African Security Review - Volume 12, Issue 2, 2003
Volume 12, Issue 2, 2003
Source: African Security Review 12, pp 1 –2 (2003)More Less
Extracted from text ... In July 2003 the members of the United Nations will meet in New York for the first Biennial Meeting of States on the implemen-tation of the UN Programme of Action to Prevent, Combat and Eradicate the Illicit Trade in Small Arms and Light Weapons in All Its Aspects. The purpose of this week-long meeting will be to report on progress made in implementing Programme of Action national-ly and sub-regionally. Small arms and light weapons have been termed by some 'the new weapons of mass destruction'. The Small Arms Survey, based on several years of research, has estimated that there are more than 600 million small arms in the world-enough for one in every 10 ..
Author Taya WeissSource: African Security Review 12, pp 5 –16 (2003)More Less
Small arms and light weapons (SALW) can be used and re-used as long as demand for them exists. They often outlast fragile peace agreements and fuel post-conflict crime. Local-level approaches to fighting SALW proliferation focus on reducing the demand for guns and promoting alternative methods of conflict resolution. Policy-makers, whose aim should be to address the structure within which SALW circulate, have failed to adequately address the demand side of the market. Governments, aid organisations, and regional and international bodies have concentrated their efforts to stem SALW proliferation in the realm of manufacturers and suppliers on one hand and responses to violent conflict on the other, thus failing to articulate and use the wide range of possible interventions.
Author Thokozani ThusiSource: African Security Review 12, pp 17 –26 (2003)More Less
In recognition of the devastating impact of small arms and light weapons on a swath of Africa ranging across the Great Lakes, East Africa and the Horn, 10 countries agreed to the Nairobi Declaration in March 2000. the Declaration dealt with the problem of the proliferation of illicit small arms and light weapons in the Great Lakes region and the Horn of Africa. In the past three years, countries in the region have made some progress in implementing the Declaration. However, the focus on implementing the Declaration in unison across the region - incorporating countries as diverse as Djibouti and the Democratic Republic of the Congo - has slowed progress. This article presents an overview of the challenges experienced by those countries implementing the Declaration. It is recommended that regional and national efforts to control small arms should happen in parallel, but not at the expense of progress in an individual state or on a specific level. A lack of progress at one level (or in one state) should not prevent progress at another.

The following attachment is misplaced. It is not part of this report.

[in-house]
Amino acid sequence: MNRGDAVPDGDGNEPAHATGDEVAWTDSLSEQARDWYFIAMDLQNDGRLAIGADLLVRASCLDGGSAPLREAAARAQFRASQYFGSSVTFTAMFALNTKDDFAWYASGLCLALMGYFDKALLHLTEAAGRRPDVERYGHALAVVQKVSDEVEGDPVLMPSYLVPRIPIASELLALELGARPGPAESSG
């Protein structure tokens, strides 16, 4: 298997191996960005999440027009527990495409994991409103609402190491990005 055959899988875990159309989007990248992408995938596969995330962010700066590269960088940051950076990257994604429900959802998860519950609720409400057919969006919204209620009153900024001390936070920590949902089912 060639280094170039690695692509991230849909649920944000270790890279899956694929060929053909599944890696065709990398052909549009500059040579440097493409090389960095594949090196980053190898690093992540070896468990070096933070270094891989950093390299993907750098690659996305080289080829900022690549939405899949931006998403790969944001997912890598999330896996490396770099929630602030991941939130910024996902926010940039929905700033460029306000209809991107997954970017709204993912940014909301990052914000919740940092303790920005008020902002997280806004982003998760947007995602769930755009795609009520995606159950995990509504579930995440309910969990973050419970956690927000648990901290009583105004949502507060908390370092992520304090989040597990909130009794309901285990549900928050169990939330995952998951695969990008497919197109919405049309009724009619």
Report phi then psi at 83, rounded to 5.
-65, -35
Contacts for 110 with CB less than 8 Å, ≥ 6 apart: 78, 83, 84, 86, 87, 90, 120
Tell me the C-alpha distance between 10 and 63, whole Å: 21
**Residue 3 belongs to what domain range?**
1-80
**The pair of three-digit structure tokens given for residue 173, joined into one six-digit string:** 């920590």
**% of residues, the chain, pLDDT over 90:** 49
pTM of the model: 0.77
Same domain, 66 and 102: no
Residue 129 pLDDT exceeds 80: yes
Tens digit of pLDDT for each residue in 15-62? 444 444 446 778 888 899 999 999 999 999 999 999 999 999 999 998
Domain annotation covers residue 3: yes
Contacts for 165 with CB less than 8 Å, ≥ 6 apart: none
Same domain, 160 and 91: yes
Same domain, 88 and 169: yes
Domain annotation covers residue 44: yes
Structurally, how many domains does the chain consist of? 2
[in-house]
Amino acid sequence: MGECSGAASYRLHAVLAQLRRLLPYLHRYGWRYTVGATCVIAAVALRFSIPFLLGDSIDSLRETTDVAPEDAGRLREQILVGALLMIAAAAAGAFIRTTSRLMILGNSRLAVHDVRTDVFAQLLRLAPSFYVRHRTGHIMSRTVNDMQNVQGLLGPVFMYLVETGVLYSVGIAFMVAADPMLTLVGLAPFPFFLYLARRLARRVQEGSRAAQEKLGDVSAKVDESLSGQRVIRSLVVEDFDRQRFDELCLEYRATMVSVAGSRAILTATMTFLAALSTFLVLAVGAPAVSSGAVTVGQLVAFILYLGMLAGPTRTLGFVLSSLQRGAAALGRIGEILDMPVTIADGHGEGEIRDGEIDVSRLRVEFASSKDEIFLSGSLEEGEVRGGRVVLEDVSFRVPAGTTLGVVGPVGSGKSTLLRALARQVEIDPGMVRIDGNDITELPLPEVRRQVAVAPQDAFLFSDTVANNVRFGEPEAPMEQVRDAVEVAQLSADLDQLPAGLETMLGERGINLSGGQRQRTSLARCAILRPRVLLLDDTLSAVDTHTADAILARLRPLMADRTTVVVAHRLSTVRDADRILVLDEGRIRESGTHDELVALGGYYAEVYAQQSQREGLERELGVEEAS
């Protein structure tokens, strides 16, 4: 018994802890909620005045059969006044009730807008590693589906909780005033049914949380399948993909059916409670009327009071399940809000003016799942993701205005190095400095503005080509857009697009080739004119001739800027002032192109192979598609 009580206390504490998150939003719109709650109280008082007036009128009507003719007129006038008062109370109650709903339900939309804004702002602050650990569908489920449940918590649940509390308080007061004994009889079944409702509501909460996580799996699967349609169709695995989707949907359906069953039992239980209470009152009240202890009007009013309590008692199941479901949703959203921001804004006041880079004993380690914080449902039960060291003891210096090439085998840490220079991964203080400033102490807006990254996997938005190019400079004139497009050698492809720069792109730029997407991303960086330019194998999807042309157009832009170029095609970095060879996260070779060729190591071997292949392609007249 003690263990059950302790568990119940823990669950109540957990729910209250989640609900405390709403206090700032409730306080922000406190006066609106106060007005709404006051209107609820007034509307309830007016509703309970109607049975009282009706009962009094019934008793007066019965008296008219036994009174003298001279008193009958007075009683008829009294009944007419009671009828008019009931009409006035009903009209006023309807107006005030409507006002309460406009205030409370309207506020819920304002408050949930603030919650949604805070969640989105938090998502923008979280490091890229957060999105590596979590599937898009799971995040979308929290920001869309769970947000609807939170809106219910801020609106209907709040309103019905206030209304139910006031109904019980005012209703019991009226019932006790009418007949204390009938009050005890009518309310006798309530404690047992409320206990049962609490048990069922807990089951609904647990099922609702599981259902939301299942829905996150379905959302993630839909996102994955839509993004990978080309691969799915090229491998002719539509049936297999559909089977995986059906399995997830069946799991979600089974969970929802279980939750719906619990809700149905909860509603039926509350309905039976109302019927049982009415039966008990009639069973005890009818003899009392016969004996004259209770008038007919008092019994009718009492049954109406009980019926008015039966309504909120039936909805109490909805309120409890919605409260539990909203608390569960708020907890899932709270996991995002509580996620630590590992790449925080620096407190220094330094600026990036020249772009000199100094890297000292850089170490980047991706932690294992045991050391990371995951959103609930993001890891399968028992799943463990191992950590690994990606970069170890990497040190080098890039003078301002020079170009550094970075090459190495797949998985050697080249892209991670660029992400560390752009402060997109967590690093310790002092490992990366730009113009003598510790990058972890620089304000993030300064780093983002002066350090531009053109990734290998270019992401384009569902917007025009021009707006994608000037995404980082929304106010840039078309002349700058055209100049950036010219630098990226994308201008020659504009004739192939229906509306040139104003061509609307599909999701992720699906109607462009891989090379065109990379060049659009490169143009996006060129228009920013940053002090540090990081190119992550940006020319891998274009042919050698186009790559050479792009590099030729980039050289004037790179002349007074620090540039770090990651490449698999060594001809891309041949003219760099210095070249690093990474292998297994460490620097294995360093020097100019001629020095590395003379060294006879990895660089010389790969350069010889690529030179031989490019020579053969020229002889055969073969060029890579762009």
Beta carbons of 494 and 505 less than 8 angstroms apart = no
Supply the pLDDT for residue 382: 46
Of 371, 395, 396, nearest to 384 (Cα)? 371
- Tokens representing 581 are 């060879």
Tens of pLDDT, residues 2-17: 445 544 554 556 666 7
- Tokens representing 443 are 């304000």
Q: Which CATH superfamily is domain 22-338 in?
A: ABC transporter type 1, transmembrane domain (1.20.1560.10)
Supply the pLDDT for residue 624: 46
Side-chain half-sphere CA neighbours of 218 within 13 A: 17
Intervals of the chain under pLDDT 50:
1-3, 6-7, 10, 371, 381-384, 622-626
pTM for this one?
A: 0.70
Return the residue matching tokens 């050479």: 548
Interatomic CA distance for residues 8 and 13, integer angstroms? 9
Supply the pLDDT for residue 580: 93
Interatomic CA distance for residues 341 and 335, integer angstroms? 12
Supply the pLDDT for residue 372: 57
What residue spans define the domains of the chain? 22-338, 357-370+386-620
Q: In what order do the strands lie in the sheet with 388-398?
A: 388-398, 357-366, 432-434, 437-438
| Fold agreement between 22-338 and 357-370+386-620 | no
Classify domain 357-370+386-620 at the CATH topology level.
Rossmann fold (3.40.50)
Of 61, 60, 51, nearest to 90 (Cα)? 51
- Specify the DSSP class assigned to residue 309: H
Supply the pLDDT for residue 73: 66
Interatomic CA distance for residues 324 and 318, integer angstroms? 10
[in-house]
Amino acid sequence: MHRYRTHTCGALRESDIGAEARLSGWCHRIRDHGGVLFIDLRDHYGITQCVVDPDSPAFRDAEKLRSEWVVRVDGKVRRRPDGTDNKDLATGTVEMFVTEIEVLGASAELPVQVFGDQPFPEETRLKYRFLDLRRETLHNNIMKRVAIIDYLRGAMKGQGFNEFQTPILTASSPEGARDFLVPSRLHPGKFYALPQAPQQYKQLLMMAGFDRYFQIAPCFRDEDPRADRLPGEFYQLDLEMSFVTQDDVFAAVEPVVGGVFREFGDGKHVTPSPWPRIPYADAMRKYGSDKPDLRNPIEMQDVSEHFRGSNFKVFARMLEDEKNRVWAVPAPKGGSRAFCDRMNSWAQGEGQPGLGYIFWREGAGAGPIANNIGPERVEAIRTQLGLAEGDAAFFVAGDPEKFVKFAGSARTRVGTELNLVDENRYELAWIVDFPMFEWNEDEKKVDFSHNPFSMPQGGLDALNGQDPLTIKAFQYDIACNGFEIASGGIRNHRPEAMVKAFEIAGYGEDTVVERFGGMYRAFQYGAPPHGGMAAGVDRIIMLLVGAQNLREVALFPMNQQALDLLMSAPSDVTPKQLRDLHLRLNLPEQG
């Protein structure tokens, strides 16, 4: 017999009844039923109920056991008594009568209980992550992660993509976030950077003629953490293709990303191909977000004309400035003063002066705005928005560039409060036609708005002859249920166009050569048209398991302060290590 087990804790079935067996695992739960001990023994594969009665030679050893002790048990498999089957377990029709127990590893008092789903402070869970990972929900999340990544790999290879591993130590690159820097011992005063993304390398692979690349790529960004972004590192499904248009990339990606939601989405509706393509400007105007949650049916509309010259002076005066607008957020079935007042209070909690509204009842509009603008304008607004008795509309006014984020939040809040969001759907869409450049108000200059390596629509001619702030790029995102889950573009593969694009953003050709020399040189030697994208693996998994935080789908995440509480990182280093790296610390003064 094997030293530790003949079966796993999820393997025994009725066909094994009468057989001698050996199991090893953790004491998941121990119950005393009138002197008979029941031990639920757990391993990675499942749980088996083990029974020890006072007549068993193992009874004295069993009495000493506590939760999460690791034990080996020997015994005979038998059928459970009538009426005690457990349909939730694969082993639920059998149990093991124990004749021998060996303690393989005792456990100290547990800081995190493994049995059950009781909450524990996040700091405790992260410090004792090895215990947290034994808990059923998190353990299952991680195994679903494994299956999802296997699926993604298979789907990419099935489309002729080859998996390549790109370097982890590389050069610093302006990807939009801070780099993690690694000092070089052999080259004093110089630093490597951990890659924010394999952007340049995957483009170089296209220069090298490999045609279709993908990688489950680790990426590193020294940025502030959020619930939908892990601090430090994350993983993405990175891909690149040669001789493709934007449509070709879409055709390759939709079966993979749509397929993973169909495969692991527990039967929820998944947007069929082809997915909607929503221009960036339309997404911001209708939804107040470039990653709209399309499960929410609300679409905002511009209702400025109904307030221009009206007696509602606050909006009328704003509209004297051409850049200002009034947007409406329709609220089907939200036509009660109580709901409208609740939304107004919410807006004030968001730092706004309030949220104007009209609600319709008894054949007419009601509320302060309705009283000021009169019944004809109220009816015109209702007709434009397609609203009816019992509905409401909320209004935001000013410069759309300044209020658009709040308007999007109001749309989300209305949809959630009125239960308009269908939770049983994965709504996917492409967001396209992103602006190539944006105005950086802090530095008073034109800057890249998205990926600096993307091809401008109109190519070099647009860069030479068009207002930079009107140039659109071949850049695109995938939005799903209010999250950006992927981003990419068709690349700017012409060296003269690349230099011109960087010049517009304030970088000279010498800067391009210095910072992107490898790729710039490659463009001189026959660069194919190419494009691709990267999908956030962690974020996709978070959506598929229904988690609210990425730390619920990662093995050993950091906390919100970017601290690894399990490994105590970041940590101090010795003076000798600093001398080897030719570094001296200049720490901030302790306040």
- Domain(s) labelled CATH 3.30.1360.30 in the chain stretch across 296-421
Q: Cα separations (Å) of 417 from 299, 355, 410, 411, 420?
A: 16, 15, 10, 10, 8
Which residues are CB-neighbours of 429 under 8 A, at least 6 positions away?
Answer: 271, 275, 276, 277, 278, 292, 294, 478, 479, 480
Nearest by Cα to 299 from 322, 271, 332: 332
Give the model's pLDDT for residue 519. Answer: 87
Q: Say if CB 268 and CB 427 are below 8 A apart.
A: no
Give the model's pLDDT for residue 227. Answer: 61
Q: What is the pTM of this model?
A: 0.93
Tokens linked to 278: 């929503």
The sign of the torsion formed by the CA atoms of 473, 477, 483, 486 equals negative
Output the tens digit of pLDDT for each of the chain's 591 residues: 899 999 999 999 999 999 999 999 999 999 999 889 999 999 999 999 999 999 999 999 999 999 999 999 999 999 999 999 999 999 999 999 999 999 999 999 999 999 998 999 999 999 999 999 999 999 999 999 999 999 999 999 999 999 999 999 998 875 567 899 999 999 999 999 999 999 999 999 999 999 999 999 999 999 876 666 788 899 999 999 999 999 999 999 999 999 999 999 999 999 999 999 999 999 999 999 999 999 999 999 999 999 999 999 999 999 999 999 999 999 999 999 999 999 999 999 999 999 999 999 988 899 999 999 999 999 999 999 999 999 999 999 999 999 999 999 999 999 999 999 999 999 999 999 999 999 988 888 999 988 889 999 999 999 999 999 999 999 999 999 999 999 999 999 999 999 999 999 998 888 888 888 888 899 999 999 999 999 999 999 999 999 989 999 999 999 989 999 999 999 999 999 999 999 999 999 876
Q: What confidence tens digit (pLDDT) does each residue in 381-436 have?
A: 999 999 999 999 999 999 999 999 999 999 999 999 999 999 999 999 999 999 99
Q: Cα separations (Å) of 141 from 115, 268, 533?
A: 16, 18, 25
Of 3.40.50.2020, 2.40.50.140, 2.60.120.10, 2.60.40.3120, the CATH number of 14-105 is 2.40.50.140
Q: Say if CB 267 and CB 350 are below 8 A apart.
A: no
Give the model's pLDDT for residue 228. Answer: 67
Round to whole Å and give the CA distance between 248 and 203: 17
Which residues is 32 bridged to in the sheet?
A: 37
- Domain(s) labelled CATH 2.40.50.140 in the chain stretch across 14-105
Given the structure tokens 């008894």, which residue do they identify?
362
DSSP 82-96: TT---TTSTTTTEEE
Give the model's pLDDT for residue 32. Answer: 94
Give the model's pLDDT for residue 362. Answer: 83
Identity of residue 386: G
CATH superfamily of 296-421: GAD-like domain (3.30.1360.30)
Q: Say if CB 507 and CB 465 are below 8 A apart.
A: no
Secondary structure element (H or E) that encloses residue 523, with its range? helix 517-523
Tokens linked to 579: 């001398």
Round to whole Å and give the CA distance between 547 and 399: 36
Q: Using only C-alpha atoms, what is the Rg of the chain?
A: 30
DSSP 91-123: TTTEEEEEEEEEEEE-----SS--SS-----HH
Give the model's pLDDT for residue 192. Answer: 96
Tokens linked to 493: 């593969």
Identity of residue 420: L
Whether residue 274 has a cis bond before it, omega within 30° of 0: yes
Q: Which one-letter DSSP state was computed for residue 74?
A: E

Source: African Security Review 12, pp 27 –34 (2003)More Less
Extracted from text ... Watch the television news most nights in South Africa and one will see a report of vio-lent crime that has taken place, sometimes with a picture of the gun used in the crime lying on the ground. Stay tuned and images will come up of rebels in Liberia or C?te d'Ivoire hoisting automatic rifles over their heads. Most often the viewer is caught up in the story being told and the unfolding politi-cal events. However some people spend their time focusing on the weapons shown on the screen and wondering how that pistol ended up in Hillbrow or that AK-47 in Liberia. Increasingly, politicians, policy-makers and law enforcement agencies are realising that if they ..
A shift from human security to regime security? : amendment to the African Union's right to intervene : Africa watchSource: African Security Review 12, pp 37 –45 (2003)More Less
Heads of State and Government passed the first amendments to the Constitutive Act of the African Union within seven months of the launch of the organization. This article provides a legal analysis of the broadening of Article 4(h) of the Act, the right of intervention, to prevent a "serious threat to legitimate order". It argues that this clause is inconsistent with the other grounds for intervention, which aim to protect African peoples from grave violations of human rights when their governments are unable or unwilling to do so. The amendment, by contrast, aims to uphold state security, rather than human security. The context in which this and other amendments were adapted from proposals by Libya in Durban 2002 is considered in terms of political implications for the African Union.
Source: African Security Review 12, pp 46 –54 (2003)More Less